To celebrate a half-century of educating the community, the museum will feature a “Keeping History Alive” exhibit when it opens for the season next month.

“We keep history alive, because history’s not dead,” program and marketing director Robert Singletary said. “We’ve been here for 50 years and we’ve made a major impact in the community, and we intend to do that into the future.”

Singletary joined the museum staff in 2012 after serving as a board member for about 15 years. He said the museum serves as a “community scrapbook.”

“A scrapbook is absolutely important to a person because it shows where they came from, what they did, who they are, and how they got there,” Singletary said. “I look at the museum as being that sort of thing for our community.”

Dahlgren said the Museum of North Idaho provides historical context and instills community pride to local residents.

“I believe that people are looking for a link to this place that they call home,” she said.

Singletary believes that is especially important now, as so many people have flocked to Coeur d’Alene from out of state in recent decades.

“If you have a substantial number of people who move into the community who don’t have any knowledge of our past, that could divide our community,” he said. “I think the role [the museum] plays right now,” Singletary continued, “is to get those newcomers who are coming here to become interested in the history of the area, to make this ‘their place.’”

Dahlgren said she hoped the 50th anniversary celebration would increase community awareness of the museum and its value to the area.

“I think people have an idea of what we do down here,” she said, “but they don’t really understand that without their support we wouldn’t be able to preserve the history of our area.”

She added that the museum exists outside the four walls housing its exhibits.

For example, Singletary said he visits more than 1,000 local students each year, and also gives monthly history programs at the public library.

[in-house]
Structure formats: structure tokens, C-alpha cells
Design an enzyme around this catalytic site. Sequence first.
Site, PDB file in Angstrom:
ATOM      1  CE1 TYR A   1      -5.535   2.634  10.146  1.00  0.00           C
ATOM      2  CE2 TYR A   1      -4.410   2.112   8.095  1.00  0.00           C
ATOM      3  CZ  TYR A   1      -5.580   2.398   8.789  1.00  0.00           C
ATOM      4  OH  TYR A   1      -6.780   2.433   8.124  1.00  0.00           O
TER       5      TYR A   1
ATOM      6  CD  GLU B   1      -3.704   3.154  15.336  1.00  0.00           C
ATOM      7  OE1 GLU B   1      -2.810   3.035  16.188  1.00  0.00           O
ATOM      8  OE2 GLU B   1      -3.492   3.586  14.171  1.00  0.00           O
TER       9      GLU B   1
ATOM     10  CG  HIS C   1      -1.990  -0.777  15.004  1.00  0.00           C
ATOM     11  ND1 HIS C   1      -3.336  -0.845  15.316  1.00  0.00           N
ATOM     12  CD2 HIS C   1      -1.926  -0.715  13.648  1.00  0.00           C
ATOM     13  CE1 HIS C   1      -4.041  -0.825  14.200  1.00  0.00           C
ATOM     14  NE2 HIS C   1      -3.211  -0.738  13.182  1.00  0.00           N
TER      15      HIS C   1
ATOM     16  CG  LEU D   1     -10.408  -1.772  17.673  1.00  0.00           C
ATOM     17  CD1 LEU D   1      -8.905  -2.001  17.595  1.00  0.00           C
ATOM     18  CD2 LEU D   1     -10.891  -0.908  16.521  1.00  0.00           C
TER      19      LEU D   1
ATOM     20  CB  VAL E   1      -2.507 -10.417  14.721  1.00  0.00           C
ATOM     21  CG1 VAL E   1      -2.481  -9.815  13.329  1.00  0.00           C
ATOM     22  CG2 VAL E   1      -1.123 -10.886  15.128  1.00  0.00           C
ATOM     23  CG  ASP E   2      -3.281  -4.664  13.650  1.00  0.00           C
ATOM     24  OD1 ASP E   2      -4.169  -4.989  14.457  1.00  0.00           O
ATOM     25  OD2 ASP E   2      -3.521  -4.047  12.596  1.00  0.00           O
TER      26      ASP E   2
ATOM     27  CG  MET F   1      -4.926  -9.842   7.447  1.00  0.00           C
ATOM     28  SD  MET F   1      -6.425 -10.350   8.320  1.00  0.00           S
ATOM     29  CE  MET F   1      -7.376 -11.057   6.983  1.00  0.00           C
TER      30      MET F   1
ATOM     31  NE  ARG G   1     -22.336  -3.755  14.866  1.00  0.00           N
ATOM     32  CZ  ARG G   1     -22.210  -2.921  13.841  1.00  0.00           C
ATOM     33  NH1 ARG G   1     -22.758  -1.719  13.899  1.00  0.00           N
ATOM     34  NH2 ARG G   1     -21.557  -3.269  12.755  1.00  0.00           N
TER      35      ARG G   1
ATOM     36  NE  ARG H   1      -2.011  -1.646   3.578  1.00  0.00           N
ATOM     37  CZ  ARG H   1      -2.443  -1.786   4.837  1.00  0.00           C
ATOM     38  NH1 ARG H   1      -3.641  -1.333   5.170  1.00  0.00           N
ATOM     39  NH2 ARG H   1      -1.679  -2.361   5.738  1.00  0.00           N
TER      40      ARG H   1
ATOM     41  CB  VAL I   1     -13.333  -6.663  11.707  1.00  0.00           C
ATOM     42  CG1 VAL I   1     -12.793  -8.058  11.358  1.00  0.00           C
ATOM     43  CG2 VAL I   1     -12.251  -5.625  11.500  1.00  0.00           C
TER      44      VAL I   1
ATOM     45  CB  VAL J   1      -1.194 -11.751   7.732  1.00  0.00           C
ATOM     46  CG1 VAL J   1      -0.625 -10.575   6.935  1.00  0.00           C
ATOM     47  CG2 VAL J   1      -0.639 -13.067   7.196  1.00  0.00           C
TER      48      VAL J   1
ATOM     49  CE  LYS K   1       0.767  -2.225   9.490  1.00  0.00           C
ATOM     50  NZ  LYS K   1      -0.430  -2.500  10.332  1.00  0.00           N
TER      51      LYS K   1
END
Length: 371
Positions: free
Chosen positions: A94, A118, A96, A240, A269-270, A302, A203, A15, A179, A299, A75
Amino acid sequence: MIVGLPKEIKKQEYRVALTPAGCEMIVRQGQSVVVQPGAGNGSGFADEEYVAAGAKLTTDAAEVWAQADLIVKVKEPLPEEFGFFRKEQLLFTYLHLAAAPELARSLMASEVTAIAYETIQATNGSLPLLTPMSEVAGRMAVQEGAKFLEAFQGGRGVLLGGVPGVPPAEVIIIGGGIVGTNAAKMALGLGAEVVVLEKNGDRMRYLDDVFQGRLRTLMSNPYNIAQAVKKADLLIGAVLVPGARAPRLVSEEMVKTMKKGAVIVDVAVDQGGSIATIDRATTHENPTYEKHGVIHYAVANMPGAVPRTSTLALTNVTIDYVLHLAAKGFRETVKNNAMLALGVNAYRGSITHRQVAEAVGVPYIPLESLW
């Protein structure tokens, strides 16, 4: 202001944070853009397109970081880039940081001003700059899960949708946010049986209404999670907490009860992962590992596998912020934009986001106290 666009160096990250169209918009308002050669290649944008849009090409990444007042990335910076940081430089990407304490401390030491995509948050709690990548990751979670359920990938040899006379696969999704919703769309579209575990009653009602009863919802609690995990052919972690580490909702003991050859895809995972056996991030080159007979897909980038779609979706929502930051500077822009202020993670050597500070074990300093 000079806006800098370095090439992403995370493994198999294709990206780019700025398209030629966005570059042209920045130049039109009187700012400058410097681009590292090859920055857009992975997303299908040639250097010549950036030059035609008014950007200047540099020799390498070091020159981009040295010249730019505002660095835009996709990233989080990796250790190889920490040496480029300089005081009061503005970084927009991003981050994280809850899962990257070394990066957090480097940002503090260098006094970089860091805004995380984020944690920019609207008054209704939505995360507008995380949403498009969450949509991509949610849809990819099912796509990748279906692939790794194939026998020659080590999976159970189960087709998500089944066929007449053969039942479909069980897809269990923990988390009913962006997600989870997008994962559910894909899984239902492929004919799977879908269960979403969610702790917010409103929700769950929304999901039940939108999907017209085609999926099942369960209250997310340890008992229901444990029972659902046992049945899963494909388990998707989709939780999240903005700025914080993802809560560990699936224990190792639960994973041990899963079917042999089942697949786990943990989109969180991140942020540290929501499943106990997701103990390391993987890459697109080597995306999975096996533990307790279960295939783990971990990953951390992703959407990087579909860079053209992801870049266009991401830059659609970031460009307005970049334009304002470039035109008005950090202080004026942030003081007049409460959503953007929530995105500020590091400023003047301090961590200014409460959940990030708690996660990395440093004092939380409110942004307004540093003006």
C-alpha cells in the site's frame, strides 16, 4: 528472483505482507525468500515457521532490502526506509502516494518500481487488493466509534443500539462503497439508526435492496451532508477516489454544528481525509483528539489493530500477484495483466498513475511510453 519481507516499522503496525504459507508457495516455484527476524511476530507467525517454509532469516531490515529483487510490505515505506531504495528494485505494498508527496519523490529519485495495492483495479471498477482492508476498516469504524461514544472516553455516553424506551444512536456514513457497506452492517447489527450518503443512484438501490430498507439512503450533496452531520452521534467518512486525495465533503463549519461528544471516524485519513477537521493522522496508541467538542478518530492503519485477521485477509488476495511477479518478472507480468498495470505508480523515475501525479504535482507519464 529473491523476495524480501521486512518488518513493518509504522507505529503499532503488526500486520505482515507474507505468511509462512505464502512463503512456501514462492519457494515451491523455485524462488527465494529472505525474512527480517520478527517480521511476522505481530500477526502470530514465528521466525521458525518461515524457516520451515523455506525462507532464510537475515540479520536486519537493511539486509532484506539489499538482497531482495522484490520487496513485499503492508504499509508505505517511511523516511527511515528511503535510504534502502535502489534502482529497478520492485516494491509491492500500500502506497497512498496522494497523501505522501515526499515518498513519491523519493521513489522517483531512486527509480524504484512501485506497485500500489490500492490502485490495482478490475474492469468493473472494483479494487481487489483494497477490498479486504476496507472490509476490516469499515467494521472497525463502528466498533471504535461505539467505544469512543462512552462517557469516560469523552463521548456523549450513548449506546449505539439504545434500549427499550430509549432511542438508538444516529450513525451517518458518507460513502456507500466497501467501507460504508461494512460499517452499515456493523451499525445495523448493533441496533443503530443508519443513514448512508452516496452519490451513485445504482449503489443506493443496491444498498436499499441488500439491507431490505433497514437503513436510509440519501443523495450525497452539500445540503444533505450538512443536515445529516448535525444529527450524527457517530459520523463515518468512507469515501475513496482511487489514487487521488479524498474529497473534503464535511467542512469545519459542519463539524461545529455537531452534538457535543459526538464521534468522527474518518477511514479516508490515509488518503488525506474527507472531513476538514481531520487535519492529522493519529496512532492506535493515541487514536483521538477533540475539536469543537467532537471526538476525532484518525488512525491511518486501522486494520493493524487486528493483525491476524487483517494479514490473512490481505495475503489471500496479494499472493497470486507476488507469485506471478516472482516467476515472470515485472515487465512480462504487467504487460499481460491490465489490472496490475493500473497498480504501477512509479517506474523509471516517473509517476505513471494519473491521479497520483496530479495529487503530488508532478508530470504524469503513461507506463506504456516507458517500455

“We’re not just in this building,” Dahlgren said, “we’ve got out fingerprints out in the community.”

Although the museum aims to provide the fullest representation of North Idaho history possible, both Dahlgren and Singletary acknowledged the museum had outgrown its current space on Northwest Boulevard near Lake Coeur d’Alene.

According to Dahlgren, the museum stores 35,000 pictures on an in-house database, has published 27 regional history books, and keeps 7,000 artifacts in an off-site storage unit.

The Museum of North Idaho moved to its current location in 1979. Its Articles of Incorporation were approved on May 1, 1968, and the museum officially opened on July 28, 1973.

Singletary encouraged everyone to pay a visit to the museum’s 50th year celebration in order to better understand the history of their community.

“We’re a society that’s on the move all the time, and it’s easy to forget that there was a past,” he said. “I’m a firm believer that in order to understand the present, you must know your past. And, if you understand the present, then you’re prepared to meet the future.”

The “Keeping History Alive” exhibit opens April 3. The Museum of North Idaho is open Tuesday through Saturday from 11 a.m. to 5 p.m. through the end of October.